Critical voices silenced in the Solomon Islands amid the pandemic
On 25th March 2020, Solomon Islands declared a State of Public Emergency as the country ramped up its response to the global coronavirus (COVID-19) pandemic. The Emergency Powers (COVID-19) Regulations 2020 authorised Prime Minister Manasseh Sogavare to issue orders to protect the country from the pandemic and to prevent the spread of the virus if there were cases. A travel ban was imposed, stopping international flights (except cargo flights), and schools closed. The maritime border with Papua New Guinea between Shortland and Bougainville was also shut down.
Since the pandemic began, the authorities have attempted to silence criticism by officials, removed a top doctor for his online comments and has sought to muzzle an outspoken provincial leader.
Officials threatened with termination if critical of COVID-19 response
On 31st March 2020, the Ministry of Health in Solomon Islands sent out a memo threatening “termination with immediate effect” of staff who post comments online criticising the government's COVID-19 response.
The memo, signed and stamped by Permanent Secretary of Health Pauline McNeil, said the ministry would not tolerate staff posting or engaging in social media discussions related to its COVID-19 response. It said the regulations were included under the State of Public Emergency and applied to all public servants.
It forbade public officers from publishing any information or statement that disputed government publications or announcements on COVID-19 or was considered 'inflammatory against the government", incited hatred or contempt against the government and which could result in a threat to public safety.
Doctor removed for criticising authorities
Top health professional sacked for criticising Solomons government https://t.co/F0kO5ef4p4 #SolomonIslands pic.twitter.com/eA9nLZ5AQS— Raet Lomi (@raetlomi) April 9, 2020
On 9th April 2020, the president of the Solomon Islands Medical Association was sacked for criticising government actions under the COVID-19 state of public emergency. Dr. Claude Posala is the head of opthalmology at Honiara's eye centre.
According to reports, his termination letter from the Ministry of Public Service said Dr. Posala had been critical of government action on Facebook, saying “he posted false information and internal government documents online”. It said Dr. Posala's posts had “incited public hatred and contempt of the government” which was in breach of the Public Service Code of Conduct and regulations under the country's State of Public Emergency.
It was reported that Dr. Posala posted on Facebook, saying 'Payroll officer at MoFT (Ministry of Finance & Treasury) surprised to note that all NRH (National Referral Hospital) allowances raised under COVID-19 emergency situation are for administrators'.
In response, the leader of the Opposition called for the reinstatement of Dr. Posala. In a statement, Matthew Wale said the decision was “ill-considered and based on bad judgement”. He added that frontline professionals, and especially the president of the medical association, should be free to speak on the country's level of preparedness.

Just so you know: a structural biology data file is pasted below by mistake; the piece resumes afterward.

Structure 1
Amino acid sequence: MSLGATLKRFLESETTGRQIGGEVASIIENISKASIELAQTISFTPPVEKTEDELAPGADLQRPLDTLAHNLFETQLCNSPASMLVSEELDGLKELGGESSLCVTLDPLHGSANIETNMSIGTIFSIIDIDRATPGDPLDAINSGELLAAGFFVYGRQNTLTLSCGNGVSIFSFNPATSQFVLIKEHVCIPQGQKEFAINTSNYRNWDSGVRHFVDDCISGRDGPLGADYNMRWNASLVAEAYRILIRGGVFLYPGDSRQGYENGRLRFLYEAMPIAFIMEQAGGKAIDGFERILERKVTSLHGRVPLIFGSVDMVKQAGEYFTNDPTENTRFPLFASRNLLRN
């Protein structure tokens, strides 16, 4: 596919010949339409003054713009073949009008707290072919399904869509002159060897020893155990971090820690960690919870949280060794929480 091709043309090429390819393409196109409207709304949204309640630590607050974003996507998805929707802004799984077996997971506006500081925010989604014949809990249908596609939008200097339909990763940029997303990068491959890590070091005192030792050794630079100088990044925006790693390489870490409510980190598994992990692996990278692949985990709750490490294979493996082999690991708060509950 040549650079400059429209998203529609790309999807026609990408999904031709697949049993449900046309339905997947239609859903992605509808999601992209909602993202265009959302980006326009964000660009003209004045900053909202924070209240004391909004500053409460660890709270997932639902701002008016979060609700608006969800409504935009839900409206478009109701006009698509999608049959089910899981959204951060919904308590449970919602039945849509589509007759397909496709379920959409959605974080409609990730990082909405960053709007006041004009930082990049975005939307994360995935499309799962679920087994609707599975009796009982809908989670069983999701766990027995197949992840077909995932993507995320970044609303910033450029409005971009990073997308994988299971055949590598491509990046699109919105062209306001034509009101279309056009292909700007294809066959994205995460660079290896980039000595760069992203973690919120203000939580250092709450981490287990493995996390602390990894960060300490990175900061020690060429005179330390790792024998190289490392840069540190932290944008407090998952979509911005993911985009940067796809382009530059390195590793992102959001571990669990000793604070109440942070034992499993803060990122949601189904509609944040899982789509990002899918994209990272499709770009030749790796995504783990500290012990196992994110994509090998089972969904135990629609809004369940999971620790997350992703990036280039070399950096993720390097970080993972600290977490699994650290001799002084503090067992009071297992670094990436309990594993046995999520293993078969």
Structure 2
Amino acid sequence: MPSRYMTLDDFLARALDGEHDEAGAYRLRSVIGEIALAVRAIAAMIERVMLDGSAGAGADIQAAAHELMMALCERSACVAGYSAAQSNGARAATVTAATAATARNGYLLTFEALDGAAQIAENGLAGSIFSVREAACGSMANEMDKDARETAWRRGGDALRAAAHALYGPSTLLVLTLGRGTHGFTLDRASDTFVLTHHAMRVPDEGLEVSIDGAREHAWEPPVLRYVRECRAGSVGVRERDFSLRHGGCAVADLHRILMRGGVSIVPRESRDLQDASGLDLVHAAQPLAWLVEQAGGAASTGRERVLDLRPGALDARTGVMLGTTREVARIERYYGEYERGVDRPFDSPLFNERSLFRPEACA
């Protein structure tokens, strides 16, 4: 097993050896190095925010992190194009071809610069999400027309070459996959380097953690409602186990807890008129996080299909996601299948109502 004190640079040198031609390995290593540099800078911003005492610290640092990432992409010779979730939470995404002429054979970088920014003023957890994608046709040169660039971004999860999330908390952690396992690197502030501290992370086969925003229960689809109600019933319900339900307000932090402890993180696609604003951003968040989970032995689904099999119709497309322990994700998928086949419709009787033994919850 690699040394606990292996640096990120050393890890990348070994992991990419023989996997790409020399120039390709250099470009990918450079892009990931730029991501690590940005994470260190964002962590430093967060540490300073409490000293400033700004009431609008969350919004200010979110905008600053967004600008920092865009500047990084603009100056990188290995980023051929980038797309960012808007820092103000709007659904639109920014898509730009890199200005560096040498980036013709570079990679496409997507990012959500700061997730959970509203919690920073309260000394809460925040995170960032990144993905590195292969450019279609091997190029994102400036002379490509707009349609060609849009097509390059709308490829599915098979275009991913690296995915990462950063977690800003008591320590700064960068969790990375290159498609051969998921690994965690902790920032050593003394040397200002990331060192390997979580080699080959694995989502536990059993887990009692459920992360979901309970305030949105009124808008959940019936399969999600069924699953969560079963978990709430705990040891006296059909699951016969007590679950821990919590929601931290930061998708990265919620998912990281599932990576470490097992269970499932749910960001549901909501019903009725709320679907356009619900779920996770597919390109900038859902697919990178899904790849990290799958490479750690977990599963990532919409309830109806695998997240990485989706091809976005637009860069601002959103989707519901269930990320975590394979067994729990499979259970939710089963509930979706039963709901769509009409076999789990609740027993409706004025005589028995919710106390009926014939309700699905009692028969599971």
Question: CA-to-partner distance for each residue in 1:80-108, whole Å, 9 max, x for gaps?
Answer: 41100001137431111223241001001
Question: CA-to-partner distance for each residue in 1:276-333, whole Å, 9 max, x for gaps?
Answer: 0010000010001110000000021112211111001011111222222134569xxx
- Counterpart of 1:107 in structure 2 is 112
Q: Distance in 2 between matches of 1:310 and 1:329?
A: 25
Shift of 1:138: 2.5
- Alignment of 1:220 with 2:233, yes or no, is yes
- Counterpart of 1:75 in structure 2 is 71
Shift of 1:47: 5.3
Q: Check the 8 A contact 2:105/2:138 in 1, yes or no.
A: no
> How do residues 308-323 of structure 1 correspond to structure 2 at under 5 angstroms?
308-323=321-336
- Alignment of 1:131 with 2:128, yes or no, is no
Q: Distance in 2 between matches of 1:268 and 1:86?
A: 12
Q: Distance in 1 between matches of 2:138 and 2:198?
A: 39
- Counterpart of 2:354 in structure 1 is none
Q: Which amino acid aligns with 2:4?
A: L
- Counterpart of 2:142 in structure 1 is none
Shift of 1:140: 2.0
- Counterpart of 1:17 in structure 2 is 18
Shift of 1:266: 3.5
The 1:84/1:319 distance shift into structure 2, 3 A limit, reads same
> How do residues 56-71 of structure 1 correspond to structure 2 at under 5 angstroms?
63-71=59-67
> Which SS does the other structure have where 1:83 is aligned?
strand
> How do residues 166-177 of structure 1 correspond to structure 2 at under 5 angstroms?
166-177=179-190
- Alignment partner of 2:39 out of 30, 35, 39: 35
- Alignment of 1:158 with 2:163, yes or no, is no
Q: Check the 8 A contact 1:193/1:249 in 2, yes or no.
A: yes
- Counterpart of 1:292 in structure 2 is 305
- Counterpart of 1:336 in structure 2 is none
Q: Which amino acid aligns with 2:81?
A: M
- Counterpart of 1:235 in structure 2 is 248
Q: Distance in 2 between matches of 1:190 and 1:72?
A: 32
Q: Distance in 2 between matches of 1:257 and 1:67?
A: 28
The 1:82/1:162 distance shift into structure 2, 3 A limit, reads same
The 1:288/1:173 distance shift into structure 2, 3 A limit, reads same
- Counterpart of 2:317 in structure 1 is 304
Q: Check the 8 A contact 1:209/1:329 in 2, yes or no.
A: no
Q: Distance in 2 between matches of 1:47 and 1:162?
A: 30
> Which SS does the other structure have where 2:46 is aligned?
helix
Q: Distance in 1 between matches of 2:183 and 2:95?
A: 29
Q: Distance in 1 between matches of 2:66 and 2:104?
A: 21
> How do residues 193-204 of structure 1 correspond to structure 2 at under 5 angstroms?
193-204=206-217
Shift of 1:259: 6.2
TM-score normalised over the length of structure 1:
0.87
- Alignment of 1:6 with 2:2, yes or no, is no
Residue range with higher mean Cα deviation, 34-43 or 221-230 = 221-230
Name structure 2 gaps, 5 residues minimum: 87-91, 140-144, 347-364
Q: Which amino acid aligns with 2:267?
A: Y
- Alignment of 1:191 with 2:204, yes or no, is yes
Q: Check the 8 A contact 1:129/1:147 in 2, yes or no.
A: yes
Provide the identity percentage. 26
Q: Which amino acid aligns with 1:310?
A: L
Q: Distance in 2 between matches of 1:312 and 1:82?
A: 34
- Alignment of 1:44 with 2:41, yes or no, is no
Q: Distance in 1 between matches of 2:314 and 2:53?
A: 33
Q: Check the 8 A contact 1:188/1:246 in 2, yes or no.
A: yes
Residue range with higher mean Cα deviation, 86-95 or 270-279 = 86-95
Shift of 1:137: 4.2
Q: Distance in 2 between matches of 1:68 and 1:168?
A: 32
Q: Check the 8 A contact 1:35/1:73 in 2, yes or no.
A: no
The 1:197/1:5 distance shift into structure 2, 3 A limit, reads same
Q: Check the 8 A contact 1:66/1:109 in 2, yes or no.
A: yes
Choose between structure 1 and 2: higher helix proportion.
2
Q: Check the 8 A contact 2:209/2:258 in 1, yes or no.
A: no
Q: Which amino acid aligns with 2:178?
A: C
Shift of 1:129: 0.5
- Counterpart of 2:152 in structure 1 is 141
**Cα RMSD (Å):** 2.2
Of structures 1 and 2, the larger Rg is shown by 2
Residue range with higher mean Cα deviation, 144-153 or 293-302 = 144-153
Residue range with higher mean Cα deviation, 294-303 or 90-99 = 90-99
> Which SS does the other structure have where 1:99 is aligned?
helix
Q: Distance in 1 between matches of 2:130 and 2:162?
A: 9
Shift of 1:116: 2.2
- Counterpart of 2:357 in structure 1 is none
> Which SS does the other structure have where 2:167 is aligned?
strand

Wale called on the Prime Minister to immediately reinstate Dr. Posala, and to review Regulation 26 of the State of Public Emergency orders so that senior health officials were exempt from the media gag.
Police arrest man for COVID-19 'fake news'
On 2nd April 2020, police in Solomon Islands arrested and charged a 44 year-old man for posting “misleading information about COVID-19” on social media. Police said the man had posted on Facebook that there was already a case of the coronavirus in Solomon Islands.
The supervising assistant commissioner for crime and intelligence, Patricia Leta said the man has been charged with “spreading false rumours” and released on bail to appear in court on 14th April.
While the pandemic’s spread has been matched by the proliferation of misinformation about the virus, human rights groups have raised concerns that states have resorted to the use of ‘anti-fake news’ laws to criminalise individuals, instead of combating misinformation by facilitating access to information and debunking false news.
Government attempts to silence premier of Malaita Province
Daniel Suidani, the pro-Taiwan premier of Malaita, a province in the Solomon Islands, is facing pressure from the national government in Honiara:https://t.co/ViQ7gLnwSz— Lucas Hahn #TweetForTaiwan #TaiwanCanHelp (@LucasHahn1990) May 8, 2020
On 30th April 2020, the premier of Malaita Province in Solomon Islands, Daniel Suidani received a letter from the minister of Provincial Government, Rolland Seleso, warning him to toe the line. It listed several procedural breaches that could be used as grounds for his suspension if he did not comply.
Daniel Suidani had been cautioning the government about obtaining COVID-19 equipment from China after global reports that some of these kits had been faulty. He has been one of the loudest critics of the national government's decision to cut diplomatic ties with Taiwan in favour of China, going as far as refusing development assistance from Beijing.
Suidani told RNZ Pacific he was surprised that such minor issues would warrant the suspension of his executive and believed the province's pro-Taiwan stance and its crackdown on illegal logging operations were contributing factors. Suidani said:
"They asked me to stop talking so much about those things. But I think as an elected leader it is my democratic right to talk to people.”
Opposition leader Matthew Wale, who came out urging the government not to suspend outspoken Daniel Suidani was warned by the authorities on 8th May that he was breaching emergency measures by his comments.
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